Accentuating



to give emphasis or prominence to.
to mark or pronounce with an .
Historical Examples

I shall be able to cast a glance at my fifty volumes, tearing out the bad pages, accentuating the best ones.
Balzac Frederick Lawton

Now it rose, now it fell, accentuating the silence dense about it.
The Speaker, No. 5: Volume II, Issue 1 Various

Or the effect that this must have in accentuating (p. 195) munitions shortage may have been overlooked, obvious as it was.
Experiences of a Dug-out, 1914-1918 Sir Stanley Maude

“And nothing to you,” said Burchill, accentuating his habitual drawl.
The Herapath Property J. S. Fletcher

Figures 178 and 179 show a better form of enrichment by accentuating the outline.
Industrial Arts Design William H. Varnum

I therefore played from c to e, accentuating e in particular.
Lola Henny Kindermann

The maker had doubtless no thought of accentuating the feminine figure.
The Life of Joan of Arc, Vol. 1 and 2 (of 2) Anatole France

The searchlight still shot steadily, a golden bar of light athwart the darkness and accentuating it by contrast.
The Radio Boys on Secret Service Duty Gerald Breckenridge

Of those present, six men were injured, and one woman exhibited a black eye, accentuating her other abnormalities.
The Hell Ship Raymond Alfred Palmer

“And I—I was ignorant,” exclaimed M. de Rnal, growing as angry as before and accentuating his words.
The Red and the Black Stendhal

verb
(transitive) to stress or emphasize
v.

1731, from Medieval Latin accentuatus, past participle of accentuare “to accent,” from Latin accentus (see accent (n.)). Originally “to pronounce with an accent;” meaning “emphasize” is recorded from 1865.

You’ve got to accentuate the positive
Eliminate the negative
Latch on to the affirmative
Don’t mess with Mister In-Between

[“Ac-Cent-Tchu-Ate the Positive,” 1944, music by Harold Arlen, lyrics by Johnny Mercer]

Related: Accentuated; accentuating.

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  • Accentuation

    an act or instance of . something that is . Historical Examples The unit of displacement becomes the whole period intervening between any two adjacent points of accentuation. Harvard Psychological Studies, Volume 1 Various If there is little inflection and no accentuation the result is bad. The Strand Magazine Various Otherwise the original has been […]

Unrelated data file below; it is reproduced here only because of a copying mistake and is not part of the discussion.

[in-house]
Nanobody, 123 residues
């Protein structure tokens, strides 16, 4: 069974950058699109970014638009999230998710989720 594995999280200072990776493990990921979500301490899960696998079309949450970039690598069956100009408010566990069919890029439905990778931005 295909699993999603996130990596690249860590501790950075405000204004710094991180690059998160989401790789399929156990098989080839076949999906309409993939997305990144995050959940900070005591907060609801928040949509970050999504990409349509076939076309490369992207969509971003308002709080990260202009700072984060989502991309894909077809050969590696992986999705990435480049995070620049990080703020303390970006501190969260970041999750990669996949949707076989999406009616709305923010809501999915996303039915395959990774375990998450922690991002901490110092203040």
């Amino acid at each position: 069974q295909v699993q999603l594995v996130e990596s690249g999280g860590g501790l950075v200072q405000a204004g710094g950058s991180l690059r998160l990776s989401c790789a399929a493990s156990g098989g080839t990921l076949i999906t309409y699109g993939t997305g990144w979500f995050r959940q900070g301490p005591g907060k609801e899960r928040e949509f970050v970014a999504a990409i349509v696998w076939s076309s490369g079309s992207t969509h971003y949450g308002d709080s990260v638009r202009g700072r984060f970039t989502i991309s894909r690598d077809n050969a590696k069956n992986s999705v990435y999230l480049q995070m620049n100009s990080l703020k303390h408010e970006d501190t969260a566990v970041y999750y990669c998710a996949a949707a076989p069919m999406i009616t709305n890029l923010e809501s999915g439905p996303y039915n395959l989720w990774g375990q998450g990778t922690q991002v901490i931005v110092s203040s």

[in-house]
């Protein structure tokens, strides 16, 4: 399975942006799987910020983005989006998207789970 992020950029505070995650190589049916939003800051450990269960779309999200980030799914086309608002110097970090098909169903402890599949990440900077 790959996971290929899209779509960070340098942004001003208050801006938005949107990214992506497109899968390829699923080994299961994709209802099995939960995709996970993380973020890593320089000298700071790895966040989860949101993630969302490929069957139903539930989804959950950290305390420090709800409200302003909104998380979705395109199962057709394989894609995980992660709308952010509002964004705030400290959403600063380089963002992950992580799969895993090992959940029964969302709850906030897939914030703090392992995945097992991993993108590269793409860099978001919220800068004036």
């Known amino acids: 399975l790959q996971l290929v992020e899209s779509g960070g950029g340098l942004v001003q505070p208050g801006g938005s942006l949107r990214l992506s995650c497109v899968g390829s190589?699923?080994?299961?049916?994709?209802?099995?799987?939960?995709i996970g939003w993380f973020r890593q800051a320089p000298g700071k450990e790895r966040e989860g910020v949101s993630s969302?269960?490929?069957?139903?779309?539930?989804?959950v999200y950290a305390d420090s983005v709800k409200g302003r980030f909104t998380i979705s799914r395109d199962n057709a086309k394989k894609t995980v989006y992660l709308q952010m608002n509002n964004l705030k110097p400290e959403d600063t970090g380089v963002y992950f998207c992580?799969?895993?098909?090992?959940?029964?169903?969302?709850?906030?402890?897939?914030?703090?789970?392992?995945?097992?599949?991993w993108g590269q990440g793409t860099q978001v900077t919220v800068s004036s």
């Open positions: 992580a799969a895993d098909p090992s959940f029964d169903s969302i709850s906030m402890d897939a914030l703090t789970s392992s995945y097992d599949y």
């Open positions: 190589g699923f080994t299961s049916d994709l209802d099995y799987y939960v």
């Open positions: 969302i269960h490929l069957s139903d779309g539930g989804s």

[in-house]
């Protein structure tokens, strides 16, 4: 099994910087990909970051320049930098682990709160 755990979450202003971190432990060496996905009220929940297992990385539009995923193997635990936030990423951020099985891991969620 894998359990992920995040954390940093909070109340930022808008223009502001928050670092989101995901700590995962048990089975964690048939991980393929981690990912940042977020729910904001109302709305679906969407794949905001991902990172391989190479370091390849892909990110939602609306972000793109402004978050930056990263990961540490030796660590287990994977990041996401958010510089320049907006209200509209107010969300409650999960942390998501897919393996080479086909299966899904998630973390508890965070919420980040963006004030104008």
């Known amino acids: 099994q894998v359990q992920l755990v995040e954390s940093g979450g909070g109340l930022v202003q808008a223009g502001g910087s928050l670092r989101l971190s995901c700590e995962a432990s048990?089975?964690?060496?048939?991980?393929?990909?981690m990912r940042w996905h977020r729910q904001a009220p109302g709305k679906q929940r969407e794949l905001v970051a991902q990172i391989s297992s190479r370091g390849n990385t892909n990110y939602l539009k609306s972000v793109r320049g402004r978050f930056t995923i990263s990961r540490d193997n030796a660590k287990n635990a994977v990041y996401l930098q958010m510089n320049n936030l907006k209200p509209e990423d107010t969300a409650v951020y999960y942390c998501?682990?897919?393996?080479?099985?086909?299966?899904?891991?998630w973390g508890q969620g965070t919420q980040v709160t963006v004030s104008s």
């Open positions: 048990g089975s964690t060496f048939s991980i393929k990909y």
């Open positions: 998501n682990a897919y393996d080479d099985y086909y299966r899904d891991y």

• Accentuator

    Electronics. a circuit or network inserted to provide less loss or greater gain to certain frequencies in an audio spectrum, as a preemphasis spectrum. a person or thing that . accentuator ac·cen·tu·a·tor (āk-sěn’chōō-ā’tər) n. A substance, such as aniline, that allows an otherwise impossible combination between a histologic element and a stain.



  • Accept of

    to take or receive (something offered); receive with approval or favor: to accept a present; to accept a proposal. to agree or consent to; accede to: to accept a treaty; to accept an apology. to respond or answer affirmatively to: to accept an invitation. to undertake the responsibility, duties, honors, etc., of: to accept the […]

  • Accept

    to take or receive (something offered); receive with approval or favor: to accept a present; to accept a proposal. to agree or consent to; accede to: to accept a treaty; to accept an apology. to respond or answer affirmatively to: to accept an invitation. to undertake the responsibility, duties, honors, etc., of: to accept the […]



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